How an Edinburgh student became immersed in the weird and wonderful world of Scottish ASMR
It’s a feeling of pure relaxation.
It’s a phenomenon which has been growing quietly for years now, and it still doesn’t feel socially acceptable to talk about.
But it is gradually breaking into the public consciousness. Celebrities now take part in these kind of videos, which are consumed by millions online.
And Scotland has its own hub of creators making content to help people fall asleep all over the planet.
Welcome to the world of ASMR.
In everyday life, Duncan is a student who lives in Edinburgh. But online he is Dido ASMR, a YouTuber with a channel filled with magic tricks, gaming, and rambles...all ASMR-style.
“ASMR not only helps me to relax but it also provides an opportunity for me to escape from the stress and reality life can bring,” he says.
Finding sleep again
The 20-year-old remembers lying awake as a teenager desperately trying to get to sleep, and stumbling on ASMR videos.
Duncan said: “Since then, I have been falling asleep (almost) every night to relaxing sounds, voices and people that I can't thank enough!”
You can read these kind of stories under almost every ASMR video - of people who suffer with insomnia or crippling anxiety, who are finally able to get a good night’s kip.
They are soothed to sleep with videos of ocean waves, bedtime stories, language lessons, even tales of Greek mythology.
ASMR was only named as recently as 2010. It stands for Autonomous Sensory Meridian Response.
A study in 2018 found the relaxing ‘brain tingles’ may have benefits for both mental and physical health.
Since the first video was uploaded, the community has grown rapidly, and the appetite for this content is insatiable.
We are, after all, living in times where people need a way to relax.
The Covid-19 pandemic has benefited Duncan’s channel, he says, with views piling up over lockdown. He also has more time to create videos.
Could it be that, amid harrowing current events, people are escaping into this world of whispers, crinkles, and, eventually, sleep?
"I think a lot more people have turned to finding ways to distract themselves from the current global situation and perhaps stumbled upon ASMR while trying to de-stress,” Duncan says.
Live streaming has also helped him reach a wider audience and he says it encourages people to stay indoors.
The Scottish ASMR community is relatively small and close-knit. Its biggest creator is Scottish Murmurs, who has to date accumulated more than 78 million views.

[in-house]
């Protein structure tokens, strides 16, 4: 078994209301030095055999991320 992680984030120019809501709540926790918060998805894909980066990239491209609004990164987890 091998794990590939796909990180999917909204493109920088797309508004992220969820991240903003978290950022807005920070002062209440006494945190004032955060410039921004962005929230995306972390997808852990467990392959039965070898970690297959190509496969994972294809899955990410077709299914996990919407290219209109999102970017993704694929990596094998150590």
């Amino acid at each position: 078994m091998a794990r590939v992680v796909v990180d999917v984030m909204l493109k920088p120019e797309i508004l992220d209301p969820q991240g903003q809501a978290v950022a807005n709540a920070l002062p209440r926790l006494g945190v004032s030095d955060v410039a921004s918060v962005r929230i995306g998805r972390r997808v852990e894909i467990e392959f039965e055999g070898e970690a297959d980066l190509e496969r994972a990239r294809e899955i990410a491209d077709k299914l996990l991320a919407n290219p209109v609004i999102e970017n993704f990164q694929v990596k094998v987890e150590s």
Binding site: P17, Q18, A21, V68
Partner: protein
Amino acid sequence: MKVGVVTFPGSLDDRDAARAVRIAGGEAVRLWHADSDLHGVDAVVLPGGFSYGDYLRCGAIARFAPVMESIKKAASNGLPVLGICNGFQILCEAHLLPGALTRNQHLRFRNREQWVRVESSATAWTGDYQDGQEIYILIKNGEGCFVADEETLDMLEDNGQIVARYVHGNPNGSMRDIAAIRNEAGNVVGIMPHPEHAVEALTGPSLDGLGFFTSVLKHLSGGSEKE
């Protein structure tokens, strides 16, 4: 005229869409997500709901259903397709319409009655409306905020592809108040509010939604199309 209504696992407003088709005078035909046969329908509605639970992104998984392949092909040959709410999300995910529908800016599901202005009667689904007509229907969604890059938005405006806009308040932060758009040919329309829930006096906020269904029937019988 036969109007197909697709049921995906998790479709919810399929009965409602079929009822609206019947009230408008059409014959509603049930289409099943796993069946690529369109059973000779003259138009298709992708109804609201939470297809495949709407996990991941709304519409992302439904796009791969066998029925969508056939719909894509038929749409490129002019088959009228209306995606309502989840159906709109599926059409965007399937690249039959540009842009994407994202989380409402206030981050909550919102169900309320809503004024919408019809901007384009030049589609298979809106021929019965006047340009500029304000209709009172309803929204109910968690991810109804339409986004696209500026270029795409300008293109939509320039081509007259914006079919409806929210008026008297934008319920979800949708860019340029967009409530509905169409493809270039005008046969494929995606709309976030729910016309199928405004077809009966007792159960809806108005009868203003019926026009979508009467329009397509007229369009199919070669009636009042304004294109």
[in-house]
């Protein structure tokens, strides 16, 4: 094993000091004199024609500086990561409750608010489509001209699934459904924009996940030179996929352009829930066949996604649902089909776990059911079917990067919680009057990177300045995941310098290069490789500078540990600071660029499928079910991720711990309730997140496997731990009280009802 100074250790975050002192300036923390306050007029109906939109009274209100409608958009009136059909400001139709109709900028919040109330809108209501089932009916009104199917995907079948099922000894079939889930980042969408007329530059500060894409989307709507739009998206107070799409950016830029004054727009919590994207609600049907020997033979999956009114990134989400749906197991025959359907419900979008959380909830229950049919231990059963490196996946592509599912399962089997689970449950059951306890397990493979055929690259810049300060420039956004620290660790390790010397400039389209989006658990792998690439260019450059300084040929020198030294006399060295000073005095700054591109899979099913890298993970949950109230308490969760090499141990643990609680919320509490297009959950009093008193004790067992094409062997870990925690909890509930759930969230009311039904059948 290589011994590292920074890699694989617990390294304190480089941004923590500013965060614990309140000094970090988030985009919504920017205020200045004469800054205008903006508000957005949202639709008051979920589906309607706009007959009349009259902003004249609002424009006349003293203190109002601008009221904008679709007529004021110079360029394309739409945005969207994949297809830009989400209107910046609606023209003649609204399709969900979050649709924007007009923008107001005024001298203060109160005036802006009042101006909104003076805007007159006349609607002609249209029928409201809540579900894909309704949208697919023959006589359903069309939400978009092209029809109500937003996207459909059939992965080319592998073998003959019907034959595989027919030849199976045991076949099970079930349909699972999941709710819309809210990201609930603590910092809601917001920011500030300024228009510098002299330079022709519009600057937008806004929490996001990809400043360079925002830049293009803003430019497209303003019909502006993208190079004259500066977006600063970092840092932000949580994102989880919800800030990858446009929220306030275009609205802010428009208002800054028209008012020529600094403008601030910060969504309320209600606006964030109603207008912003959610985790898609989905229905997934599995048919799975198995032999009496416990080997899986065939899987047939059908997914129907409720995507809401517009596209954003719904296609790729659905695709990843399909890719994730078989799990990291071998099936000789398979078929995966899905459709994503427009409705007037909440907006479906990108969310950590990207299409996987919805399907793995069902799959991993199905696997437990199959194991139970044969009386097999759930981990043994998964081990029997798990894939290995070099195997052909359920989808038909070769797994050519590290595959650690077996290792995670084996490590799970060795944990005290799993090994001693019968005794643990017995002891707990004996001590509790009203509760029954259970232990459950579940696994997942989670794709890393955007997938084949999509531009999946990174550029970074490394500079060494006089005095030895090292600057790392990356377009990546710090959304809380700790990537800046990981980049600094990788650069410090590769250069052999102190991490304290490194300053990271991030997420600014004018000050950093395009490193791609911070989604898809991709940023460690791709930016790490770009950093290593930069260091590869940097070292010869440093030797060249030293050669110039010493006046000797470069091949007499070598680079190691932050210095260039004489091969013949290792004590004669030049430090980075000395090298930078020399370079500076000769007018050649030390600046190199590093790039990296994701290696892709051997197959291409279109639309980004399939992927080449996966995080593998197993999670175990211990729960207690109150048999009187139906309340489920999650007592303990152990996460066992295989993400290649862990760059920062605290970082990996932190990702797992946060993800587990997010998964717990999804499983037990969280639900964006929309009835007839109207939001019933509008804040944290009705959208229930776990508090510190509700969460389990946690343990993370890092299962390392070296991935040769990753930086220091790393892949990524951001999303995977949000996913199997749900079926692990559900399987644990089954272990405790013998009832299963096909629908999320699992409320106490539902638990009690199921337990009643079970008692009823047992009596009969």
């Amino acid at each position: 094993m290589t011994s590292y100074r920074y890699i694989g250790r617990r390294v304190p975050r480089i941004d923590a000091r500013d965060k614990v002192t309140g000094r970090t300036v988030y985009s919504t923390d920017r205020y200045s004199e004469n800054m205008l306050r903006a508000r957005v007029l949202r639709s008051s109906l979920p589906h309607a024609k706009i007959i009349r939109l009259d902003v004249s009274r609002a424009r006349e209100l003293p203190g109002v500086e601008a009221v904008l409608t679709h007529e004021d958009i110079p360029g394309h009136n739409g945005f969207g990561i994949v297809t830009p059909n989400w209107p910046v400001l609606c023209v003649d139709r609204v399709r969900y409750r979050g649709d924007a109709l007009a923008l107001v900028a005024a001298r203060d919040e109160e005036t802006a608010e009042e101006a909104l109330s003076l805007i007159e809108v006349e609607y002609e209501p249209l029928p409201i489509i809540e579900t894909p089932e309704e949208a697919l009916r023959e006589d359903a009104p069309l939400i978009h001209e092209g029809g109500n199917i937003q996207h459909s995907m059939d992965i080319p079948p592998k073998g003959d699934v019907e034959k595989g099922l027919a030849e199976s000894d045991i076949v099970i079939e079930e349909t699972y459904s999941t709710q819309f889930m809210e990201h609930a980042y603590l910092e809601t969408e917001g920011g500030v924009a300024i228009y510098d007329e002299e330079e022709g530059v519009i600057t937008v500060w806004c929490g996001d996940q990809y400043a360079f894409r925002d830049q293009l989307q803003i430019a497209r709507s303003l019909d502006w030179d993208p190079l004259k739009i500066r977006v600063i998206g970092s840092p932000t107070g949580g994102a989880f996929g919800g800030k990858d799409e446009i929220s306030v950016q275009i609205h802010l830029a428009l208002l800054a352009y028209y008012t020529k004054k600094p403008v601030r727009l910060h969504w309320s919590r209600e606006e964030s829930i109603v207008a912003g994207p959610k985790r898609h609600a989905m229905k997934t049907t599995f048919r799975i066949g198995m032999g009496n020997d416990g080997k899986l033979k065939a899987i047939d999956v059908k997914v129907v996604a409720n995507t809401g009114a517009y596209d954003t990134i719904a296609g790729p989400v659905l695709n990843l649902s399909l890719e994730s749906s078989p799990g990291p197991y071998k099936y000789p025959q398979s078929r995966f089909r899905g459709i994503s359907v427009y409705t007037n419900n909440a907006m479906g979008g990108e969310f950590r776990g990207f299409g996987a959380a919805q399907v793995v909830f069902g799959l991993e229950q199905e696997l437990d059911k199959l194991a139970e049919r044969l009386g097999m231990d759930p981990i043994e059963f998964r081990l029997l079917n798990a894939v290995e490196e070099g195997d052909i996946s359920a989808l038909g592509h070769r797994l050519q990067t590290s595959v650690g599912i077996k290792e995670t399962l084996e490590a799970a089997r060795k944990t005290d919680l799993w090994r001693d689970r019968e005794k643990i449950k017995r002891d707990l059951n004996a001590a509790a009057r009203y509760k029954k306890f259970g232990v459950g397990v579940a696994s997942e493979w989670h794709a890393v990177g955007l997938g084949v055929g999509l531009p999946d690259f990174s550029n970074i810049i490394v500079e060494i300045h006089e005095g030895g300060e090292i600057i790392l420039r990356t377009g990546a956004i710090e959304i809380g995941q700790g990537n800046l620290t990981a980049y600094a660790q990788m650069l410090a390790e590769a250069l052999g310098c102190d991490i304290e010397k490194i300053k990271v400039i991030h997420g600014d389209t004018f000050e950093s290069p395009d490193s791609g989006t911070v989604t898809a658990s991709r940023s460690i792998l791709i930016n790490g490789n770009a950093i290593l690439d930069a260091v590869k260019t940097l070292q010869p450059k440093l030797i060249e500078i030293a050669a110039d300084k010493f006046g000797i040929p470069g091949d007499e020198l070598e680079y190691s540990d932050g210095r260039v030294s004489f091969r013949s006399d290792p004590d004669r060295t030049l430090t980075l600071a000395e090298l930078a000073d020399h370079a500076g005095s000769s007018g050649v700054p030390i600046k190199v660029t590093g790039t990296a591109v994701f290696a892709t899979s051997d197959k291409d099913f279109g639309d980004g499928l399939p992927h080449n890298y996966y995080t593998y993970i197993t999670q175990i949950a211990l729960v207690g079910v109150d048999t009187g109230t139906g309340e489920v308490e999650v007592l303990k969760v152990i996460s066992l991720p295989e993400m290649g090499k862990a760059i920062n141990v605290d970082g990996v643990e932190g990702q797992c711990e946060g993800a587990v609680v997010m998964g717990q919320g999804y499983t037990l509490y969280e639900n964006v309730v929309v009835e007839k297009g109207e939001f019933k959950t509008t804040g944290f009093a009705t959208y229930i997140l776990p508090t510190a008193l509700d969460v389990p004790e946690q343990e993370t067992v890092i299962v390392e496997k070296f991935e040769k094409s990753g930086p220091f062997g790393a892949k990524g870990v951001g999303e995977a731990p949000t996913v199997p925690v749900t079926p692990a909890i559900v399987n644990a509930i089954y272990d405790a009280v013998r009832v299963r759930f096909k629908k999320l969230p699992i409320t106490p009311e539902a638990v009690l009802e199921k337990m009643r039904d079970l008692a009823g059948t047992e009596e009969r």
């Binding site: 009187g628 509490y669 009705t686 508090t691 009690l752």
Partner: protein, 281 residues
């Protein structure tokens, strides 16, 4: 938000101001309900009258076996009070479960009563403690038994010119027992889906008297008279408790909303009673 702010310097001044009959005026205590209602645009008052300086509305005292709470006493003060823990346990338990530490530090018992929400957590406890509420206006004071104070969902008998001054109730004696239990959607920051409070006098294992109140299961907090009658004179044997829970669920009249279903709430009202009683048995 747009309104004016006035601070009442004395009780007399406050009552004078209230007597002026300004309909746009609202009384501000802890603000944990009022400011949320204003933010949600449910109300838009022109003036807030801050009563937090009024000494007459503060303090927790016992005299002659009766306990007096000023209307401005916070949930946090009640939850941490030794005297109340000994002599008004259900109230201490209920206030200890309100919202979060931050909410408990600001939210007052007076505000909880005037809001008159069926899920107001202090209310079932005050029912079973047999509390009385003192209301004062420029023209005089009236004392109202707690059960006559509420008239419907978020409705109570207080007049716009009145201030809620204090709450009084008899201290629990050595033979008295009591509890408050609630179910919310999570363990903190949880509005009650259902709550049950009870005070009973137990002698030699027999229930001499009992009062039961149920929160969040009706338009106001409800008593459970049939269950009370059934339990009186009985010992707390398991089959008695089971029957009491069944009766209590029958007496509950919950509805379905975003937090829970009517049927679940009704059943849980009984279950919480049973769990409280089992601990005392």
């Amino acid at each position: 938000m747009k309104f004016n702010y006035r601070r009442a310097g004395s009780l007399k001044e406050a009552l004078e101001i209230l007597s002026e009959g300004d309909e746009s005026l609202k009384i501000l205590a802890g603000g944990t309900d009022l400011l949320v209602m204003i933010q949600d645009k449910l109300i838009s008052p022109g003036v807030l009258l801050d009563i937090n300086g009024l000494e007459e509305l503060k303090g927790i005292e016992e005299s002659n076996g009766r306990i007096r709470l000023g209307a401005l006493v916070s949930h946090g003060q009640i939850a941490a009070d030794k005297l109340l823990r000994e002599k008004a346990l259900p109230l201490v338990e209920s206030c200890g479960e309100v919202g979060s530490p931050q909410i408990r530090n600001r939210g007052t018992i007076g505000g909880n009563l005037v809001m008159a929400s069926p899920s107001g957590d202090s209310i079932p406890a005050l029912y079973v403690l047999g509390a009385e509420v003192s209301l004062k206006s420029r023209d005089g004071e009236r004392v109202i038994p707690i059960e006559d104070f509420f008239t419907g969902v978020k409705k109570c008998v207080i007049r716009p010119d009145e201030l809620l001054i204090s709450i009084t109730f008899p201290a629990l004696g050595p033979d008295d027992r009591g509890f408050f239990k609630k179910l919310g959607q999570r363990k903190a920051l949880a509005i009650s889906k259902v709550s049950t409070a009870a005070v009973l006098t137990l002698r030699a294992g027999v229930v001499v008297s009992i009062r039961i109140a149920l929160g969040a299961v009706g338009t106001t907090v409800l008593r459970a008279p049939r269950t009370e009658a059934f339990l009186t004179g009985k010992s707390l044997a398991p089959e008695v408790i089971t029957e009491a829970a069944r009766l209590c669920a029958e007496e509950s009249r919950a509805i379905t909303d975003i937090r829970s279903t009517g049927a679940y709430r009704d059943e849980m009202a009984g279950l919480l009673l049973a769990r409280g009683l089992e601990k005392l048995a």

The amount of money an ASMR YouTuber makes will vary from one artist to the next. It's been reported the ‘Queen of ASMR’ GentleWhispering makes up to $130,000 a year, while most others make far less.
Squashing negative stereotypes
To people like Duncan, ASMR is a “feeling of pure relaxation and calmness” which is too often misunderstood.
“A lot of people tend to stereotype ASMR as something sexual which is definitely not the case,” he says.
“It may not be for everyone, and you may not experience it, but those who do enjoy ASMR will agree it has helped them. I am so glad to see it becoming the ‘norm’ and less people being embarrassed by it.”
The phenomenon has often been unfairly categorised as something weird and sexual. But the majority of its content creators would disagree.
“ASMR is not some crazy lady eating a pickle,” says Scottish Undertones ASMR, “Though there is that.
"It is also not sexual (although there is a sexual version of everything).”
‘It’s a tonic’
The YouTuber, who did not wish to give his real name, has more than a million views of his videos. They range from cranial nerve exams (a very popular genre) to kilt ASMR, and even an interrogation with the Scottish police.
A performer by trade, he was able to use his skills with camera work, directing, and acting to create his content, which has enabled him to stay at home and look after the kids.
So what is it all about? “It’s a tonic, a distraction,” he says.
"ASMR is about using the same modern technology that stresses us out to also cure us for a little while of all the stresses and anxiety so many of us feel.”
Take a look in the comments, many people have spoken of experiencing a ‘tingling’ sensation in the head and neck which is triggered by ASMR. This helps induce relaxation and sleep.
It can be brought on by any number of what is called ‘triggers’, which differ from person to person. Whether it is whispering, or soft voices, tapping, or other gentle noises.
Personal attention is another key aspect of ASMR, which can be experienced in roleplays like a doctor’s visit or glasses fitting.
How does Scottish Undertones describe it to someone who’d never experienced it?
He says: “The first thing I say is ‘have you seen Bob Ross, The Joy of Painting?’
“Hopefully, if that person has seen it they immediately understand the relaxing vibe, the calming voice and the peaceful nature of his work. We often consider him the accidental Grandad of ASMR.”
‘Accidental ASMR’ is also a thing. There are whole channels dedicated to scenes in movies or television shows that are relaxing and strangely satisfying. The makeup scene in Edward Scissorhands, for instance. Or Woody being fixed with the utmost care and attention in Toy Story 2.
“If you are willing to overlook the initial strangeness, ASMR is beneficial because it forces us to slow down,” says Scottish Undertones.
"Most of use operate at a fast pace these days. People can find a bit of peace and tranquillity in the slow, meditative pace of an ASMR video.”
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